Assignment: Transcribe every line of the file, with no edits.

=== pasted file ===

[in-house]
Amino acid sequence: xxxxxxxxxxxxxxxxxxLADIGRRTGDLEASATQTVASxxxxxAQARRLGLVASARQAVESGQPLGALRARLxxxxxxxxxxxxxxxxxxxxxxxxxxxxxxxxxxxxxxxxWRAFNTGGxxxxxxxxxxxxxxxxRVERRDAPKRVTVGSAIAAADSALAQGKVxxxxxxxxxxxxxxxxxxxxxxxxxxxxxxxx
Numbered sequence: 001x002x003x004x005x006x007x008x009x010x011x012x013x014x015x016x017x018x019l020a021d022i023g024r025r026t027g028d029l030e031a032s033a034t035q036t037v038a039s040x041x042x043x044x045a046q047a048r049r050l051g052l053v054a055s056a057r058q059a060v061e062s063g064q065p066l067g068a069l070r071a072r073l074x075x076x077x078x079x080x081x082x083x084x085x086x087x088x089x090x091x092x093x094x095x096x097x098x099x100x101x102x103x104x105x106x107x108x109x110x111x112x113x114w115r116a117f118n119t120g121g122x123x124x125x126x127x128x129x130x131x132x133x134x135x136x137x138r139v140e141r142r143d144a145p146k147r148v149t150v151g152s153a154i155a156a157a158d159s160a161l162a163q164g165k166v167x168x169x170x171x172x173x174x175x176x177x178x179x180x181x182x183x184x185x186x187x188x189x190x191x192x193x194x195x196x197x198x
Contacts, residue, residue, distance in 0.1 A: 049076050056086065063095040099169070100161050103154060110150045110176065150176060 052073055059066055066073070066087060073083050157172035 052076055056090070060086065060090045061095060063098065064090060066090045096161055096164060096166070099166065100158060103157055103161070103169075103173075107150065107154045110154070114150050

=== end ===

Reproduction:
[in-house]
Amino acid sequence: xxxxxxxxxxxxxxxxxxLADIGRRTGDLEASATQTVASxxxxxAQARRLGLVASARQAVESGQPLGALRARLxxxxxxxxxxxxxxxxxxxxxxxxxxxxxxxxxxxxxxxxWRAFNTGGxxxxxxxxxxxxxxxxRVERRDAPKRVTVGSAIAAADSALAQGKVxxxxxxxxxxxxxxxxxxxxxxxxxxxxxxxx
Numbered sequence: 001x002x003x004x005x006x007x008x009x010x011x012x013x014x015x016x017x018x019l020a021d022i023g024r025r026t027g028d029l030e031a032s033a034t035q036t037v038a039s040x041x042x043x044x045a046q047a048r049r050l051g052l053v054a055s056a057r058q059a060v061e062s063g064q065p066l067g068a069l070r071a072r073l074x075x076x077x078x079x080x081x082x083x084x085x086x087x088x089x090x091x092x093x094x095x096x097x098x099x100x101x102x103x104x105x106x107x108x109x110x111x112x113x114w115r116a117f118n119t120g121g122x123x124x125x126x127x128x129x130x131x132x133x134x135x136x137x138r139v140e141r142r143d144a145p146k147r148v149t150v151g152s153a154i155a156a157a158d159s160a161l162a163q164g165k166v167x168x169x170x171x172x173x174x175x176x177x178x179x180x181x182x183x184x185x186x187x188x189x190x191x192x193x194x195x196x197x198x
Contacts, residue, residue, distance in 0.1 A: 049076050056086065063095040099169070100161050103154060110150045110176065150176060 052073055059066055066073070066087060073083050157172035 052076055056090070060086065060090045061095060063098065064090060066090045096161055096164060096166070099166065100158060103157055103161070103169075103173075107150065107154045110154070114150050